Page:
This is what Given Chauke had in mind when he penned Qina almost three years ago. The production has since grown and has become
the voice for the challenges facing contemporary youth.
Chauke, who conceptualised the production in 2015, said the State Theatre’s Incubator programme was key in giving him a chance to showcase his work. He said the name of the production, which is derived from the isiZulu word for “be strong”, came to him after he’d witnessed the struggles
of the young people around him.
“I saw the experiences of the people around me, including my own, and I realised that most young people are finding themselves in tough positions, which leads to them being depressed and some of them ultimately taking their own lives. So based on this realisation, I wanted to
use the production to say to them, be strong,” Chauke said.
Qina tells the story of a young man from an underprivileged background who goes to the city to study. After meeting and falling in love with a girl
who shares similar values, he is faced with the biggest challenge of his life that threatens to destroy not only his relationship but his future too.
It is set in a fictional town that shares many of its features with Pretoria. The production is brought to life by a 15-person strong cast, with a
six-piece band. The story is accompanied by originally composed music that’s vibrant and speaks to the heart of the production. With the cast that was a part of the production’s original run having left the production to pursue other interests, Chauke said one of his main challenges as the director, was to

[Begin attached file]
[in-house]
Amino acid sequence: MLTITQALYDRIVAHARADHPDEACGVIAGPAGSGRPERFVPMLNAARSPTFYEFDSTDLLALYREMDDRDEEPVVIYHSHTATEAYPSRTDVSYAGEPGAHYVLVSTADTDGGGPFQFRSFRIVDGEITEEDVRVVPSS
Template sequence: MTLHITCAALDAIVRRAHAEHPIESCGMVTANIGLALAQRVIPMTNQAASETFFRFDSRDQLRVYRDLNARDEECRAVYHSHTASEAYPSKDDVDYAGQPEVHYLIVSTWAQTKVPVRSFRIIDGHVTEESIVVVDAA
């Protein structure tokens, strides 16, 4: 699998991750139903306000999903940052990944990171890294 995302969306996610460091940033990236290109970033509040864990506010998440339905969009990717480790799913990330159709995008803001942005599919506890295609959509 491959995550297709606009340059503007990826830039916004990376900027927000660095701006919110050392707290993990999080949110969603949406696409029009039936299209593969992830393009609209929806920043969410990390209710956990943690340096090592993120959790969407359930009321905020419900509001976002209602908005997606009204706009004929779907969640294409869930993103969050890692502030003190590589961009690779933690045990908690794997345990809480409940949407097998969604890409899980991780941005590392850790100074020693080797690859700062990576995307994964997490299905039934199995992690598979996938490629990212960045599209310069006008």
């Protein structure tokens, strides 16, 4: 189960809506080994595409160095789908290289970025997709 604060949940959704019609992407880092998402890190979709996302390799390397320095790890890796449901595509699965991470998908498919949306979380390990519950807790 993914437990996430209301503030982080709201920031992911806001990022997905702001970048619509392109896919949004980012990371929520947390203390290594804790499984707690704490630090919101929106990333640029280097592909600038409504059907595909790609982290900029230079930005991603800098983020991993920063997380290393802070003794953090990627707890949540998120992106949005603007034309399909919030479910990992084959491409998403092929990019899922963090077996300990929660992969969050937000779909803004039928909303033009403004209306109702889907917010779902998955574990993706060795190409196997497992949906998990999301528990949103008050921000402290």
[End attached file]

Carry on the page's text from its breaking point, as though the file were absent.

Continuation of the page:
ensure that he helps the performers find their collective voice.
“With this year’s cast, I had to find their voice as a new cast, and not imitate the previous cast and how they told the story. We managed to work through it, and the production is tight and ready if I have to say so myself,” he said.
Some of the themes that the production explores according to Chauke are hypergamy, the impact of patriarchy on the power relations in romantic relationships, mental health and life in tertiary institutions. Quizzed on the importance of a production like Qina to local 21st century youths, Chauke said:
“Qina is an important piece of work, especially for young people who’ve just finished high school and are entering the tertiary university stage of their lives because of its subject matter. With this production, we have worked to highlight the problems they will face in their lives, and also it’s a production that carries universal messages that will appeal to people of all ages.
“The music is fresh, the story is real, it’s original, it’s African and the production has captured, quite importantly the spirit of youth and brought it to the theatre, which is something I feel has been lacking in our local theatre space,” he said.
** Qina is now on at the South African State Theatre until June 23. Tickets are R100 from Webtickets. For more details, visit the State Theatre’s website.